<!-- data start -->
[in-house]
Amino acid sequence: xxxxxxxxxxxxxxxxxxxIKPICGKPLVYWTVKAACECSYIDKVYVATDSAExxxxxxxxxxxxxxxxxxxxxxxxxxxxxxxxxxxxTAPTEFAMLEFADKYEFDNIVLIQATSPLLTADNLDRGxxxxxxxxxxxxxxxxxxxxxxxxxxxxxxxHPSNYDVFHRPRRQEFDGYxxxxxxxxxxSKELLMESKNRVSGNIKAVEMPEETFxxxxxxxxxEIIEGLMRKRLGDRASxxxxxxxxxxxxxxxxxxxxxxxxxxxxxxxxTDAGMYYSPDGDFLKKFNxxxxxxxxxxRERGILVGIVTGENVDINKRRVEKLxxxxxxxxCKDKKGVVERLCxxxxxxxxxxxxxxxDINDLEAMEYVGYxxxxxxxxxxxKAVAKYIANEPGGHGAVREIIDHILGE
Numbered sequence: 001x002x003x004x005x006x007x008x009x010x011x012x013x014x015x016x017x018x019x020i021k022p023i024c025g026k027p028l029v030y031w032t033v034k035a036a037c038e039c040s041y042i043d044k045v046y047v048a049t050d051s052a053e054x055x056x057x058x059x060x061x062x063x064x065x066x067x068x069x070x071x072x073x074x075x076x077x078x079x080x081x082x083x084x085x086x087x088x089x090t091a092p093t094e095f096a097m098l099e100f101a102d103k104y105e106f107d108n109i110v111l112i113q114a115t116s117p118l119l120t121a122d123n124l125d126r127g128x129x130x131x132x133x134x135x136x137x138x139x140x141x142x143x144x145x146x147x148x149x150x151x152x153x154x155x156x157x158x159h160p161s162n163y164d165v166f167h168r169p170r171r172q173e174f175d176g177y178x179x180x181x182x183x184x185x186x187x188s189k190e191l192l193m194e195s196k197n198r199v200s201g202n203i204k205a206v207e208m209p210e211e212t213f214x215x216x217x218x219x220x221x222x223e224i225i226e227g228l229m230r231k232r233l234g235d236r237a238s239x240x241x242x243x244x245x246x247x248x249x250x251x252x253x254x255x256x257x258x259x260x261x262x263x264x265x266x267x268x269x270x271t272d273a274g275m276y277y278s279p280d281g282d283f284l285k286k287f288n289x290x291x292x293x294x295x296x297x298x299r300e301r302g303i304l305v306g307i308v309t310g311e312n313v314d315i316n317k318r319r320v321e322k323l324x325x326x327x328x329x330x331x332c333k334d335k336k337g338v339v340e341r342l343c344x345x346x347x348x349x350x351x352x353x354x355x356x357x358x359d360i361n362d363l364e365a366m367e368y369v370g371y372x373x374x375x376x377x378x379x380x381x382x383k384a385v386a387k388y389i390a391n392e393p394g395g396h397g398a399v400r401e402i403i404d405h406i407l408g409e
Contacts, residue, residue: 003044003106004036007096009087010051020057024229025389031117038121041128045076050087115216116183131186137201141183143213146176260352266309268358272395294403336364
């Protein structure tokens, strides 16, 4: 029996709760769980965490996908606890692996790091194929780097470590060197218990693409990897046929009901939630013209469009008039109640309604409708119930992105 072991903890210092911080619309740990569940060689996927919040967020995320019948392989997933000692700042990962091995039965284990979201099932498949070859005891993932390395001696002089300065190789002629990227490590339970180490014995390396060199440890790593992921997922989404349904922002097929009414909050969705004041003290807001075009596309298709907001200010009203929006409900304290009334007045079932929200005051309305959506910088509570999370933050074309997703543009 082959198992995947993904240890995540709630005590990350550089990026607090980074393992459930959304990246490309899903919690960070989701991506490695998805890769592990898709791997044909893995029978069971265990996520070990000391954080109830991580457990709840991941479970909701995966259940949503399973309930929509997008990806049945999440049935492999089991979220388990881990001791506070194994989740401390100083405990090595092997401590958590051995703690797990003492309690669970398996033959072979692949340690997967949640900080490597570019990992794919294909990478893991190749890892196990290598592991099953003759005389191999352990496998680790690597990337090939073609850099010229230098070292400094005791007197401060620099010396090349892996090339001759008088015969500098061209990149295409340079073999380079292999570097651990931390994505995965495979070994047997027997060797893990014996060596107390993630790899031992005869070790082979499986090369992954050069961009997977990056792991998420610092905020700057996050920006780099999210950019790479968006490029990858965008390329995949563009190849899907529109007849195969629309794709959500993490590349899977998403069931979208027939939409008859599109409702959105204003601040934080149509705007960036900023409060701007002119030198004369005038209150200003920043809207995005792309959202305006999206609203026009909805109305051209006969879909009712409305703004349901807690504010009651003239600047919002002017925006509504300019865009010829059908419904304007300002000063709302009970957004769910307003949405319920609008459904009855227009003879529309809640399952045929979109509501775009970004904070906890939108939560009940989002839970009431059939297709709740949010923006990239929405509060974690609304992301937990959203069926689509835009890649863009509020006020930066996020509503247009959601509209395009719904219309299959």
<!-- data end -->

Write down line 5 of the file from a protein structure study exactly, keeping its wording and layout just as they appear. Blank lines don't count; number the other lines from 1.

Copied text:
């Protein structure tokens, strides 16, 4: 029996709760769980965490996908606890692996790091194929780097470590060197218990693409990897046929009901939630013209469009008039109640309604409708119930992105 072991903890210092911080619309740990569940060689996927919040967020995320019948392989997933000692700042990962091995039965284990979201099932498949070859005891993932390395001696002089300065190789002629990227490590339970180490014995390396060199440890790593992921997922989404349904922002097929009414909050969705004041003290807001075009596309298709907001200010009203929006409900304290009334007045079932929200005051309305959506910088509570999370933050074309997703543009 082959198992995947993904240890995540709630005590990350550089990026607090980074393992459930959304990246490309899903919690960070989701991506490695998805890769592990898709791997044909893995029978069971265990996520070990000391954080109830991580457990709840991941479970909701995966259940949503399973309930929509997008990806049945999440049935492999089991979220388990881990001791506070194994989740401390100083405990090595092997401590958590051995703690797990003492309690669970398996033959072979692949340690997967949640900080490597570019990992794919294909990478893991190749890892196990290598592991099953003759005389191999352990496998680790690597990337090939073609850099010229230098070292400094005791007197401060620099010396090349892996090339001759008088015969500098061209990149295409340079073999380079292999570097651990931390994505995965495979070994047997027997060797893990014996060596107390993630790899031992005869070790082979499986090369992954050069961009997977990056792991998420610092905020700057996050920006780099999210950019790479968006490029990858965008390329995949563009190849899907529109007849195969629309794709959500993490590349899977998403069931979208027939939409008859599109409702959105204003601040934080149509705007960036900023409060701007002119030198004369005038209150200003920043809207995005792309959202305006999206609203026009909805109305051209006969879909009712409305703004349901807690504010009651003239600047919002002017925006509504300019865009010829059908419904304007300002000063709302009970957004769910307003949405319920609008459904009855227009003879529309809640399952045929979109509501775009970004904070906890939108939560009940989002839970009431059939297709709740949010923006990239929405509060974690609304992301937990959203069926689509835009890649863009509020006020930066996020509503247009959601509209395009719904219309299959």